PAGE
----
A homework problem I assigned said: The Wronskian of a second order linear ODE is given by: $$ (x-1)e^x. $$ It then asks whether the functions are linearly independent on the whole real line: yes, it is not $0$ for all $x$.

Then it asks whether the functions are solutions on the whole real line to a second order linear ODE: The answers say no because it is $0$ at $x=1$ and Abel's theorem says they must be nonzero for all $x$ to be solutions.

What am I missing? This seems contradictory. Abel's theorem implies that the Wronskian is $0$ for all $x$ or never $0$. How can that function ever be a Wronskian since it is $0$ at $x=1$, but nonzero elsewhere? Also, how can the functions be linearly independent if their Wronskian is $0$ at $x=1$?


Abel's theorem is true for the domain where the coefficients of $y''(x)+p(x)y'(x)+q(x)y(x)=0$ exist and are continuous.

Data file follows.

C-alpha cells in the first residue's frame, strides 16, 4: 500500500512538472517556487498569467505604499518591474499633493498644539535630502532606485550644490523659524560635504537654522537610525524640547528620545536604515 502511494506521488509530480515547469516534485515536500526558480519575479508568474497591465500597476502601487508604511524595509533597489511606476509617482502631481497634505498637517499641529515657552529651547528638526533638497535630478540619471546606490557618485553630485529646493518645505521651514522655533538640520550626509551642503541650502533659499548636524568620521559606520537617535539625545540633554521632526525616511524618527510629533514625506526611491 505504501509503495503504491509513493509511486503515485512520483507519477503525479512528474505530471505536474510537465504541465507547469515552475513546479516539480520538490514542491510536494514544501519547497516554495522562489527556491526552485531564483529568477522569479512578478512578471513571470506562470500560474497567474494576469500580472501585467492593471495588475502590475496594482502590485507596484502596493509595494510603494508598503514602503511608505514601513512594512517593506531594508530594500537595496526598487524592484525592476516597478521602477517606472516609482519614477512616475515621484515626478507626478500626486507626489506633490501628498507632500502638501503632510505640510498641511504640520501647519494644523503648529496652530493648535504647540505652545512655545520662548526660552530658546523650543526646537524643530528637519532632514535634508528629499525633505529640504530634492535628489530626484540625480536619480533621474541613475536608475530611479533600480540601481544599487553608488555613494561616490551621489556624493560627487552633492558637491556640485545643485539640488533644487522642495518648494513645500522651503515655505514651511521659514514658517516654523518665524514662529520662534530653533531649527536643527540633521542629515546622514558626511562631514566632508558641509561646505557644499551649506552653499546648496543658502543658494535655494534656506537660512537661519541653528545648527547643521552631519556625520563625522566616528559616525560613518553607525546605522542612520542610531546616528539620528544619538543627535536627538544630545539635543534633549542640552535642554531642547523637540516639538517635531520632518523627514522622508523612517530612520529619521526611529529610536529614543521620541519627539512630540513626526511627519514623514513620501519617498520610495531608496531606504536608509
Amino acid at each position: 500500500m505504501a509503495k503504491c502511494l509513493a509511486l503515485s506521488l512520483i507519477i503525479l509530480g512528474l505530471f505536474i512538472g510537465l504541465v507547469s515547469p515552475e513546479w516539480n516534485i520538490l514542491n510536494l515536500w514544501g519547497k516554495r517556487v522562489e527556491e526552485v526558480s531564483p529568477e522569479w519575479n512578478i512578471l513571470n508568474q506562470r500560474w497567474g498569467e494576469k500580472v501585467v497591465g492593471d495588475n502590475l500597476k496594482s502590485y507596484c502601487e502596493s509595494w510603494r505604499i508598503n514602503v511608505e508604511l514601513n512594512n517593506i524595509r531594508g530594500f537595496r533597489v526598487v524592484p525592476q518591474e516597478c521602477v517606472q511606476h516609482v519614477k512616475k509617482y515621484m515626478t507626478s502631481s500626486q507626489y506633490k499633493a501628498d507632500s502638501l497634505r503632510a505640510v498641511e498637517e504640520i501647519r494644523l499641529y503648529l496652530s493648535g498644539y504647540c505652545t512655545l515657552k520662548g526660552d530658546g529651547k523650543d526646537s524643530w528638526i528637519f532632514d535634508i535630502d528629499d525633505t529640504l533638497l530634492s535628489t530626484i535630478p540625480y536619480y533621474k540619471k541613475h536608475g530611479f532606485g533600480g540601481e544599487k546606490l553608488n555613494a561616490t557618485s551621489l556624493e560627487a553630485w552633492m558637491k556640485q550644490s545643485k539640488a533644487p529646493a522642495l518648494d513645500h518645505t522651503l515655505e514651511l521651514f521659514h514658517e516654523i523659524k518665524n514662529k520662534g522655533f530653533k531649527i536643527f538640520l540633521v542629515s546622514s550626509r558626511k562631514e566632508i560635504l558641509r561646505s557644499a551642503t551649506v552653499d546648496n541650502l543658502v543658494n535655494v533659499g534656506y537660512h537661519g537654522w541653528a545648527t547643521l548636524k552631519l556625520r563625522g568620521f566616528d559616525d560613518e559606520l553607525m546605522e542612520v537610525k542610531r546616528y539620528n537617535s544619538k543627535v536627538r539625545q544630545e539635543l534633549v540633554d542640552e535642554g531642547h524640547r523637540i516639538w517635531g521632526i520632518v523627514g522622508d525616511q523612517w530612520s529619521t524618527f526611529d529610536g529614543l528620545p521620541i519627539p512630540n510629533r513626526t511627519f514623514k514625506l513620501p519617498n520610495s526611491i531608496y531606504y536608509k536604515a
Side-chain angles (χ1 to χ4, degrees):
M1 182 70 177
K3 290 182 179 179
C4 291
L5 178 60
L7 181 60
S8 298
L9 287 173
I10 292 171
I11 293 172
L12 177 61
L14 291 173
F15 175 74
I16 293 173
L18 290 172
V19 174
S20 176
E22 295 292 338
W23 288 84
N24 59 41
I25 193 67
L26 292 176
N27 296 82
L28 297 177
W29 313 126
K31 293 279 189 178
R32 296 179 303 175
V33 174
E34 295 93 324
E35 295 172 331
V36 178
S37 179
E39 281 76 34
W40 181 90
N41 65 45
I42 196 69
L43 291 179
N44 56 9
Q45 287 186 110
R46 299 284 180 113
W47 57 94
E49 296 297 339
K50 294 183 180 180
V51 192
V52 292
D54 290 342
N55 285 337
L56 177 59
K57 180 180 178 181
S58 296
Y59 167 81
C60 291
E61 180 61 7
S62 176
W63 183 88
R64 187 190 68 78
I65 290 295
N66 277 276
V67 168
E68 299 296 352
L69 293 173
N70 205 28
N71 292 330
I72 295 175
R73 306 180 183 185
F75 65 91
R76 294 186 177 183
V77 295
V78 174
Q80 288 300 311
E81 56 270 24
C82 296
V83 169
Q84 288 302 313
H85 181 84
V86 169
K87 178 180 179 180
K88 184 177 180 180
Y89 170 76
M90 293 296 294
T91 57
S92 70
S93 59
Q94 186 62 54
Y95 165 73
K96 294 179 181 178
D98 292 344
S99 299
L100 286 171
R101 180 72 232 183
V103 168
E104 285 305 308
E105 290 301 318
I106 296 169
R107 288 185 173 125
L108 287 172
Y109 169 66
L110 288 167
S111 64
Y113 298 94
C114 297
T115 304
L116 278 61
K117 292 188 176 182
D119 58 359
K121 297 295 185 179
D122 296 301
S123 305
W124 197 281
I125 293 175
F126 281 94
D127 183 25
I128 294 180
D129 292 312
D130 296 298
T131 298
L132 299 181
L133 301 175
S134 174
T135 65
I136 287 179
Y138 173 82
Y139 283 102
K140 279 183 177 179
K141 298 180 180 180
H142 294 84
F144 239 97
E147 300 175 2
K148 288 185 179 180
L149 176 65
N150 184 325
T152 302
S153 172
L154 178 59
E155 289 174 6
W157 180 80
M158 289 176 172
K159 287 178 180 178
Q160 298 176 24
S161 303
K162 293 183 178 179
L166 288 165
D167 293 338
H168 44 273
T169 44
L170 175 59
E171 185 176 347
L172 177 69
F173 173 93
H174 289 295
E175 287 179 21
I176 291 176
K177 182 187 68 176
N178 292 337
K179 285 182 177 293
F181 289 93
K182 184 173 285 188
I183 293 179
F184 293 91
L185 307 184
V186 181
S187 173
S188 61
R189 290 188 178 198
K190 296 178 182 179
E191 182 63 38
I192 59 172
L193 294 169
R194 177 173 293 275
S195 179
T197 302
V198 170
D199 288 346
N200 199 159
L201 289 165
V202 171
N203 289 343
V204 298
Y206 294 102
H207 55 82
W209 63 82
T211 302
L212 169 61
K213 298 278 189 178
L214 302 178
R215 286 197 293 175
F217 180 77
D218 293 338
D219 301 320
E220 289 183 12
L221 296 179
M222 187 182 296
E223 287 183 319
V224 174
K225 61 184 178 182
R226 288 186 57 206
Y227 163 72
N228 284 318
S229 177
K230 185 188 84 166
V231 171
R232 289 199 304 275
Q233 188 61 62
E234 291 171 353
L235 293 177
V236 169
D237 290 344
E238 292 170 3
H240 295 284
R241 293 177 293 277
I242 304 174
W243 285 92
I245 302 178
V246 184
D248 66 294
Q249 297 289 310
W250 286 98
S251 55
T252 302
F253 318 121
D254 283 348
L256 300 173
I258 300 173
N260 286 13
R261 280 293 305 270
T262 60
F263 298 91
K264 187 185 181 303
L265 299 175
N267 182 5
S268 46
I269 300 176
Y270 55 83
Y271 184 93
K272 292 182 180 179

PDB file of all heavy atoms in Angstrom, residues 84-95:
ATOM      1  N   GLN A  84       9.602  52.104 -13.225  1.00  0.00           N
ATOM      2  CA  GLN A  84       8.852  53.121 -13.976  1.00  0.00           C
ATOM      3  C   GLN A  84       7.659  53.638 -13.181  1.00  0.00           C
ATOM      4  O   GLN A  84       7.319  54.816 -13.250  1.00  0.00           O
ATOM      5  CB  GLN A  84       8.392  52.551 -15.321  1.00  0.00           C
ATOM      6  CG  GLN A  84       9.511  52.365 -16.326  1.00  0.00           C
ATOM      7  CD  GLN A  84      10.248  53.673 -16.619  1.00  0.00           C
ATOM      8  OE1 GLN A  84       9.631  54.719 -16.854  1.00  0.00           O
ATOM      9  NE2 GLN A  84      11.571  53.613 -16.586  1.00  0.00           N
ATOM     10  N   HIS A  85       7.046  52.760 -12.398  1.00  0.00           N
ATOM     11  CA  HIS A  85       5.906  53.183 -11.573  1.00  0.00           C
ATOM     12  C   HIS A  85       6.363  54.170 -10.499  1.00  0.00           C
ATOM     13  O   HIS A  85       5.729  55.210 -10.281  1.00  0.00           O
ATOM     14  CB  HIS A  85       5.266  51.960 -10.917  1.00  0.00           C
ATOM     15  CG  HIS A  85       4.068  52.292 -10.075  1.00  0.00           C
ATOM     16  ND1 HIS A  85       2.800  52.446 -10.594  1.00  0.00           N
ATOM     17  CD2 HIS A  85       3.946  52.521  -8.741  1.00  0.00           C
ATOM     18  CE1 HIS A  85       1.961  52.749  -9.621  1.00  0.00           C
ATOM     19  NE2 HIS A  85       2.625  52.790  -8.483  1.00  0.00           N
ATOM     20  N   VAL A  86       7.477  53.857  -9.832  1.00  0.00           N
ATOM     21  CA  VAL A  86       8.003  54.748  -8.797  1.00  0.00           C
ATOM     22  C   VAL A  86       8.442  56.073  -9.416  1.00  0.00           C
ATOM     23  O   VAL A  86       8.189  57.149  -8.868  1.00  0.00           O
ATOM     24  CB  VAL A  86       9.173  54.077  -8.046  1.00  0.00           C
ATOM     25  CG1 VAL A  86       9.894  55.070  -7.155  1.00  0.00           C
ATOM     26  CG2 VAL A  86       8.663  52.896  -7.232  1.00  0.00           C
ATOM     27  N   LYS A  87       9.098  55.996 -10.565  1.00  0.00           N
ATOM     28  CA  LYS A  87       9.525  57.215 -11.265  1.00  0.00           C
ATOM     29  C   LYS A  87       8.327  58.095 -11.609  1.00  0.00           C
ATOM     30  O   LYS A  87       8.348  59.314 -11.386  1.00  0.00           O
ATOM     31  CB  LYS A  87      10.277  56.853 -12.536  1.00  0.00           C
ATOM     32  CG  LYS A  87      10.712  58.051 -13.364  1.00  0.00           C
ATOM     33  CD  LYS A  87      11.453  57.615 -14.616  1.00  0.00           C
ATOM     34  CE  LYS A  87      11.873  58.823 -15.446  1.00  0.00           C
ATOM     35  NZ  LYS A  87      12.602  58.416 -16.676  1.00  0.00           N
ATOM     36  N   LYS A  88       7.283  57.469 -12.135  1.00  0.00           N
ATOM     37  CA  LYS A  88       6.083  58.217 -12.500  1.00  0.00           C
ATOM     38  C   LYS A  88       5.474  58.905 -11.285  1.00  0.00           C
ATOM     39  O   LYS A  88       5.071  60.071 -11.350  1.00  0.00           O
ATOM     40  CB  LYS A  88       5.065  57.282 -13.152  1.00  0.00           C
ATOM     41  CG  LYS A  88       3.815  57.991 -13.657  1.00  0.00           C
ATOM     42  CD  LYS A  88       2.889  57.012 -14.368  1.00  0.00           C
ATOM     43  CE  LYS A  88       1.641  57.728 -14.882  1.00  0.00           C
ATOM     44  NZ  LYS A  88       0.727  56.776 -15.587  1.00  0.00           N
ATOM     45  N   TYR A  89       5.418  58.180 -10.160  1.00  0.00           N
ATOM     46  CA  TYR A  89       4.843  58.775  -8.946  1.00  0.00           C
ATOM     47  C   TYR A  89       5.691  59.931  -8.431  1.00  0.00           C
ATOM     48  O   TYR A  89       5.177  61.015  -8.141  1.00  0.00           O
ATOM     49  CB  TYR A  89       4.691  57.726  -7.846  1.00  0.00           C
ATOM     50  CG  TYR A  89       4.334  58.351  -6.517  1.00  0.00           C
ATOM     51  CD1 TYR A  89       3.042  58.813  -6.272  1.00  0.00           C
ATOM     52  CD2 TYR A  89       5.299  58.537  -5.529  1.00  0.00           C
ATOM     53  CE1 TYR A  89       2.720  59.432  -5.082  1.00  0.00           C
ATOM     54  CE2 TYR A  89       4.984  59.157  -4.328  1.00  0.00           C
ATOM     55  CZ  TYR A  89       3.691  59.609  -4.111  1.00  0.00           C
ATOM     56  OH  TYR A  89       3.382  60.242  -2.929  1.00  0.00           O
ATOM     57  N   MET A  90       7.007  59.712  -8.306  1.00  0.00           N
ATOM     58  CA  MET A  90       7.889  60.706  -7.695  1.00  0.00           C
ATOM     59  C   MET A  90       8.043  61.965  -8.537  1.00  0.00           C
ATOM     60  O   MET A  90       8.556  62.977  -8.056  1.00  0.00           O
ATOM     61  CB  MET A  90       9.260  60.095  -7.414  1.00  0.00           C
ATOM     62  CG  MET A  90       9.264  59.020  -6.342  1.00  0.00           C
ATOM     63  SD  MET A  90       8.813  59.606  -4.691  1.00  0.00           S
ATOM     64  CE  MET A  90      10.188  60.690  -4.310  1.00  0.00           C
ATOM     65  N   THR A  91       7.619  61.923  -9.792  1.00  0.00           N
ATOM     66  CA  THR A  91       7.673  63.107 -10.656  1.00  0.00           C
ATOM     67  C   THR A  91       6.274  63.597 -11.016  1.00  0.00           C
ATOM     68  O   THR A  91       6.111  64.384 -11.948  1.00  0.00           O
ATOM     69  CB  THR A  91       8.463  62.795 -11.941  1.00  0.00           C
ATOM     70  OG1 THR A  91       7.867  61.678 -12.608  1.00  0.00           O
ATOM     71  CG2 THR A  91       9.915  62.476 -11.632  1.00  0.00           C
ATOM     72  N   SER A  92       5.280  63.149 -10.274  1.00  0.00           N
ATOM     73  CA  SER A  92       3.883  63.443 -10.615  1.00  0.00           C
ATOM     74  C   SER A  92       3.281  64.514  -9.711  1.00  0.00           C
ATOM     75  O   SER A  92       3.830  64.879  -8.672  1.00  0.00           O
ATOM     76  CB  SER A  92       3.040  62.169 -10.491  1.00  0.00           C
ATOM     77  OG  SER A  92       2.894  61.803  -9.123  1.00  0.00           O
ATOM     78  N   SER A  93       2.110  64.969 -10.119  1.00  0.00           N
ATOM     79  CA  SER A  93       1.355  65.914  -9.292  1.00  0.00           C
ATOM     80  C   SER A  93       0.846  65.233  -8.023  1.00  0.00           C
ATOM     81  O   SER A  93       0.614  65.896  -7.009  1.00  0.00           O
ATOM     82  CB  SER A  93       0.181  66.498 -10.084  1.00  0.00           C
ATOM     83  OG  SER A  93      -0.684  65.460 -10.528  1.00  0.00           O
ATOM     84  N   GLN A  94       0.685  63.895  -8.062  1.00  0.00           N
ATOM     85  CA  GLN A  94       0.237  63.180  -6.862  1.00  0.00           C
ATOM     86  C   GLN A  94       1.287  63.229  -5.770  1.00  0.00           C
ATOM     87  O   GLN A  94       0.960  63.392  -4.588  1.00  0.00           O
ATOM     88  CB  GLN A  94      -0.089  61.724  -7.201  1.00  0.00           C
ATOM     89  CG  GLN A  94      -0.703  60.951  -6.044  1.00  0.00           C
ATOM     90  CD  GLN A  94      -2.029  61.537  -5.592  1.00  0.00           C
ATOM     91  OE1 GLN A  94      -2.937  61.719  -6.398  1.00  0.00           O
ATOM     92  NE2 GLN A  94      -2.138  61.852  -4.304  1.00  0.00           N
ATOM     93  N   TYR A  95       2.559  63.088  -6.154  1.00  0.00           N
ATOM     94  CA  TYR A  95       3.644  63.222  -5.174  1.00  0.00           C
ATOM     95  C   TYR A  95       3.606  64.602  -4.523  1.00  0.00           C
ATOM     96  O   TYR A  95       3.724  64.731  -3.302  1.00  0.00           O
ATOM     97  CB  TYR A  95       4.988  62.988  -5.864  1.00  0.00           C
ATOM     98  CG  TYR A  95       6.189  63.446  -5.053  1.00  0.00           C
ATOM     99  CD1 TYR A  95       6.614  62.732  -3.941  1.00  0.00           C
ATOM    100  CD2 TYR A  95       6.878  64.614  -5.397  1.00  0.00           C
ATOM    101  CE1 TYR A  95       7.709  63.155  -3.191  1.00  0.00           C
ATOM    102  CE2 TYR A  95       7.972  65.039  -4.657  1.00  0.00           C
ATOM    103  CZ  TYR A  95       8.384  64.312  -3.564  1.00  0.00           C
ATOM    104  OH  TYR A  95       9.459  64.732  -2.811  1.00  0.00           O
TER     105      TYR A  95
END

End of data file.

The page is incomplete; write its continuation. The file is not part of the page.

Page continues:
What you can conclude from the root of the Wronskian at $x=1$ is that these assumptions do not hold there, the domain can not contain the vertical line $\{(x,y):x=1\}$. Any solution has to completely lie inside the domain, so it can not cross this line, its domain is either completely left or completely right of it.

| cite | improve this answer | |

Your Answer

By clicking “Post Your Answer”, you agree to our terms of service, privacy policy and cookie policy

Not the answer you're looking for? Browse other questions tagged or ask your own question.